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Forest landscape in Madagascar © WOODS Emma / WWF-Madagascar

Timber Island The Rosewood and Ebony Trade of Madagascar

Forest landscape in Madagascar © WOODS Emma / WWF-Madagascar

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Published 14th February 2017

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New study finds timber harvesting in Madagascar out of control

Antananarivo, Madagascar, 14th February 2017—a combination of political instability, government mismanagement, a lack of forest operation controls and a failure to impose punitive penalties on well-known traffickers contributed to what was effectively zero control over the management of precious timber resources in Madagascar between March 2010 to March 2015, according to a new TRAFFIC study released today.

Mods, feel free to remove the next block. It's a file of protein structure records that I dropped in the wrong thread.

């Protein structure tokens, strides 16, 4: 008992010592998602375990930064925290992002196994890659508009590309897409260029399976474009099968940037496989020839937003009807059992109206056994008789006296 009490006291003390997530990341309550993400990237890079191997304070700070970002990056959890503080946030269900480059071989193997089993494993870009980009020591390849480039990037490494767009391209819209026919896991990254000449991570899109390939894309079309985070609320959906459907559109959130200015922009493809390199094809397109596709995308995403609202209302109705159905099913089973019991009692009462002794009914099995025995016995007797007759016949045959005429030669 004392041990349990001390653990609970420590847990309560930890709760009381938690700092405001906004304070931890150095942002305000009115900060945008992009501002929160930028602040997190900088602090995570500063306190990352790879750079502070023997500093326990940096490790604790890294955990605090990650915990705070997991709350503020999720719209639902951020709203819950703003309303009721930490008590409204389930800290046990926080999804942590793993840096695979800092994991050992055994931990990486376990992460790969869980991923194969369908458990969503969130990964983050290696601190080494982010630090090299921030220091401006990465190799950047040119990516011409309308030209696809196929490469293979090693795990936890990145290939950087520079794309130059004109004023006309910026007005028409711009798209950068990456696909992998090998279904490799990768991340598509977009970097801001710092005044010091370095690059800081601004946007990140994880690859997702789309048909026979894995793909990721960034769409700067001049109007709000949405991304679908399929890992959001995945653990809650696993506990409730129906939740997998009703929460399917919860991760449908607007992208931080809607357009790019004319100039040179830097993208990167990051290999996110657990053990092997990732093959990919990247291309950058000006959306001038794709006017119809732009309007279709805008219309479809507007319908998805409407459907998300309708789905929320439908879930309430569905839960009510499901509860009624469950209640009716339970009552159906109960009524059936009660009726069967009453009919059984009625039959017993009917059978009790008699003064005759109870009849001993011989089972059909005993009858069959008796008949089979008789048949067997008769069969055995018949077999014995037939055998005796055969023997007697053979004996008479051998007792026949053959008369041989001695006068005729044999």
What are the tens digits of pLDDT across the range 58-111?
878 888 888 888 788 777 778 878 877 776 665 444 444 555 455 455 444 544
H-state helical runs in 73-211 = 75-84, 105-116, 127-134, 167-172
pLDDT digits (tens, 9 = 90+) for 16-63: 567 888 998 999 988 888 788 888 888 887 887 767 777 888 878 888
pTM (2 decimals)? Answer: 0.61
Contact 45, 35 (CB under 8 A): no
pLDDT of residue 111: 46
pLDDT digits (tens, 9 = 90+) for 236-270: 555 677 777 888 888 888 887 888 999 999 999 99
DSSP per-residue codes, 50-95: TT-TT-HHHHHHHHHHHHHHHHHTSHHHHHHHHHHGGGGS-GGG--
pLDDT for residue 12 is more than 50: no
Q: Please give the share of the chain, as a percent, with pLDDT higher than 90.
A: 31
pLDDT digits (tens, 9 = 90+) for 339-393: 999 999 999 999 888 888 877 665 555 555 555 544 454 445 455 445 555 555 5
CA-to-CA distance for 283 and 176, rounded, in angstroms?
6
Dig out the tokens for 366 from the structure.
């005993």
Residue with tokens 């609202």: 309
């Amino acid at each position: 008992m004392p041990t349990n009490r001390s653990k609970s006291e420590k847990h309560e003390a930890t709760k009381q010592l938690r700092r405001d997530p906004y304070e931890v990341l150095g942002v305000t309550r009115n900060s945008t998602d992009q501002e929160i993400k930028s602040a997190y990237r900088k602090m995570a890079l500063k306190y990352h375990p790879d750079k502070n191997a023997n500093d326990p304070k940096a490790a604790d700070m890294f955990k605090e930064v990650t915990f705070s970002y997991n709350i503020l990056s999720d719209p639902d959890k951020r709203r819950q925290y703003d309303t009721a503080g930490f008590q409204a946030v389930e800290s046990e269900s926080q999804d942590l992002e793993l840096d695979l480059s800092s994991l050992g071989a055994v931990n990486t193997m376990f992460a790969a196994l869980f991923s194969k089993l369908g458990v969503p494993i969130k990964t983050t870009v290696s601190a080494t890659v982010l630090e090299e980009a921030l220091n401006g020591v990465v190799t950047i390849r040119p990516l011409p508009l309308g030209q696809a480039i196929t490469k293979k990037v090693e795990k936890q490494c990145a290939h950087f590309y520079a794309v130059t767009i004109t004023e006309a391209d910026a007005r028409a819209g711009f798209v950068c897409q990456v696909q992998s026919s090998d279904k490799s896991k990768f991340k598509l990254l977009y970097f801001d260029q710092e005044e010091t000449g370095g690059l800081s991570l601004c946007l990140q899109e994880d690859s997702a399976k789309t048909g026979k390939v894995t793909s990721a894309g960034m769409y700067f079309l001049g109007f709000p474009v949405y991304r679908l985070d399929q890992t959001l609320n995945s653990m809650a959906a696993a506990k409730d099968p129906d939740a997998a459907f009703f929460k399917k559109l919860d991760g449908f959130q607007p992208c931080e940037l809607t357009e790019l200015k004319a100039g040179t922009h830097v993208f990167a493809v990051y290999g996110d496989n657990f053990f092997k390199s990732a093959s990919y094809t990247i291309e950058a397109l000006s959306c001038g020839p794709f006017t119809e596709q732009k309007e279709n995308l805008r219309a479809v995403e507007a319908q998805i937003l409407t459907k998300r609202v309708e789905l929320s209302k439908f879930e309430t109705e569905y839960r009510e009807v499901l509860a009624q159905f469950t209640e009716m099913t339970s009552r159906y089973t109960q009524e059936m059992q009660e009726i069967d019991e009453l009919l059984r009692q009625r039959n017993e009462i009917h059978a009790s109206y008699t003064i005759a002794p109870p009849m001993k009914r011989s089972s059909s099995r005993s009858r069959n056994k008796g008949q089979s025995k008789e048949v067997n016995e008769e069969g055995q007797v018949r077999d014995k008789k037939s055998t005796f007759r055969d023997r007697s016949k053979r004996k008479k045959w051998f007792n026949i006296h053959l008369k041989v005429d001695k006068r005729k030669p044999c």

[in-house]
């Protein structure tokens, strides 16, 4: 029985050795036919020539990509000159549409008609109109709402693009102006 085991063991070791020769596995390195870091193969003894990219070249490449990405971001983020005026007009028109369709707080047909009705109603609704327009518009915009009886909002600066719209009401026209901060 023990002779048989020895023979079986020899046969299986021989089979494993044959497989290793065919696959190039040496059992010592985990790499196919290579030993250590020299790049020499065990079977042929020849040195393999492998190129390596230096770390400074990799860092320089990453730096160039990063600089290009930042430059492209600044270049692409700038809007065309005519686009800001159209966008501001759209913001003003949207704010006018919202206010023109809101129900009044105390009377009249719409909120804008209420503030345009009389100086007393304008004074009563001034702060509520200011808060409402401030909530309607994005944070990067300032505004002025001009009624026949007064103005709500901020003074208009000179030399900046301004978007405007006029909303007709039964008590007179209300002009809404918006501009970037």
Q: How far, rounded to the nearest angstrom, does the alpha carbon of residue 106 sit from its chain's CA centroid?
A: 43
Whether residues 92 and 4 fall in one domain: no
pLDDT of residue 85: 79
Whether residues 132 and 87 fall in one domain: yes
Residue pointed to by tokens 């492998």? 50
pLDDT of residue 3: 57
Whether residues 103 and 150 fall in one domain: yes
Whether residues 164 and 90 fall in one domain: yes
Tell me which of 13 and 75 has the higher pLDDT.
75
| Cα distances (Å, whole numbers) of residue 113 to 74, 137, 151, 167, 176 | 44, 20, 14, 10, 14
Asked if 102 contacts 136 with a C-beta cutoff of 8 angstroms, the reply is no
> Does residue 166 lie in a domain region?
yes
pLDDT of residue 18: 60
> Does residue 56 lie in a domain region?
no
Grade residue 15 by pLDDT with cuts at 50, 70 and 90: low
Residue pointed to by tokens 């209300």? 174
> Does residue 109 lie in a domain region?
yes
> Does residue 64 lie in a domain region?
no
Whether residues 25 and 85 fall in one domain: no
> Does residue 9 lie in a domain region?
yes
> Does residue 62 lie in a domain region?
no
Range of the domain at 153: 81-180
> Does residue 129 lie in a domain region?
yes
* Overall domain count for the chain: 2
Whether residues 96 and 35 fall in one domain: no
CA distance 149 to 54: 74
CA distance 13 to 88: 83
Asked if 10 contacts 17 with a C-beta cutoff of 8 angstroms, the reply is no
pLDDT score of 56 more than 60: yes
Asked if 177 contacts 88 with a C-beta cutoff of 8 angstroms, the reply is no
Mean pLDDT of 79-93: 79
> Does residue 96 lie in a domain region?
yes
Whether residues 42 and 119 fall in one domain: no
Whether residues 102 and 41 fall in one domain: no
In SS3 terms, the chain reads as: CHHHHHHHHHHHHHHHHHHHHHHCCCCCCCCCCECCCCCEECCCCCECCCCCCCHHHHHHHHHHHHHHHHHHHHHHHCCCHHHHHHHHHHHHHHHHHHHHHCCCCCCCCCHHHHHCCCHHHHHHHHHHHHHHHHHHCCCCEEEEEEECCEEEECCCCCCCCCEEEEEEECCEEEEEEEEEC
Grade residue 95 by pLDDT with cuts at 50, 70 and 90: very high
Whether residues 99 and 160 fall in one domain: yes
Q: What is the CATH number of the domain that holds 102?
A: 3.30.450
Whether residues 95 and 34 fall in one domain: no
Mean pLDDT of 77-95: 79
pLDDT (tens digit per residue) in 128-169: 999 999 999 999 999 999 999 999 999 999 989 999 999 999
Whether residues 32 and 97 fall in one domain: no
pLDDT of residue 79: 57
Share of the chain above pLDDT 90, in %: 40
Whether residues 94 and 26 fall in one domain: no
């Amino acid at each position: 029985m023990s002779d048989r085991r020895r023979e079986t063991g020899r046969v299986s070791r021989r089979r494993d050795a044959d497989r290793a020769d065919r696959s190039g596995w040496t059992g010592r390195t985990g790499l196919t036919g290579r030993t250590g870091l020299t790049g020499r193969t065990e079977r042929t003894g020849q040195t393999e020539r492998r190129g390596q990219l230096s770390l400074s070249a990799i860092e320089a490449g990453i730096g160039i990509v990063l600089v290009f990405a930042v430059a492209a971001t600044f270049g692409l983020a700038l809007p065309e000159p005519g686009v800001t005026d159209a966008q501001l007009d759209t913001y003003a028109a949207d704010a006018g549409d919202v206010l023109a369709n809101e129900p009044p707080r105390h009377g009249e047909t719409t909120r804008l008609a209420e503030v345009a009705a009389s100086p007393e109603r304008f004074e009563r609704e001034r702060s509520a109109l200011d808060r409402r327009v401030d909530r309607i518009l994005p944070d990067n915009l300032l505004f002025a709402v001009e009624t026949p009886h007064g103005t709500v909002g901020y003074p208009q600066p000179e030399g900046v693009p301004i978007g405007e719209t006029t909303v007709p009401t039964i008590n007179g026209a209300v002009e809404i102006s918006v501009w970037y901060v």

Timber Island: The Rosewood and Ebony Trade of Madagascar

Report author(s):
Cynthia Ratsimbazafy, David J. Newton, Stéphane Ringuet

Publication date:
February 2017


Notes:

Timber Island: The Rosewood and Ebony Trade of Madagascar was prepared by TRAFFIC in English and in French under the USAID-funded SCAPES project on “Preserving Madagascar’s Natural Resources”, which aims to combat the illegal trade in Madagascar’s natural resources through capacity building for Malagasy stakeholders.

TRAFFIC has also helped prepare a Framework for the Evaluation of the Legality of Forestry Operations and the Processing and Marketing of Timber: Principles, Criteria and Indicators for Madagascar, which sets out all the relevant legislation regarding timber trade in the country.

The framework is also availble in French: Cadre pour l’Evaluation de la Légalité des Opérations forestières, de la Transformation et de la Commercialisation des bois : Principes, Critères et Indicateurs pour Madagascar.

The SCAPES project was launched in 2013 and is implemented by a consortium of four NGOs: WWF, Wildlife Conservation Society, Conservation International (CI) and TRAFFIC, in close collaboration with civil society and government.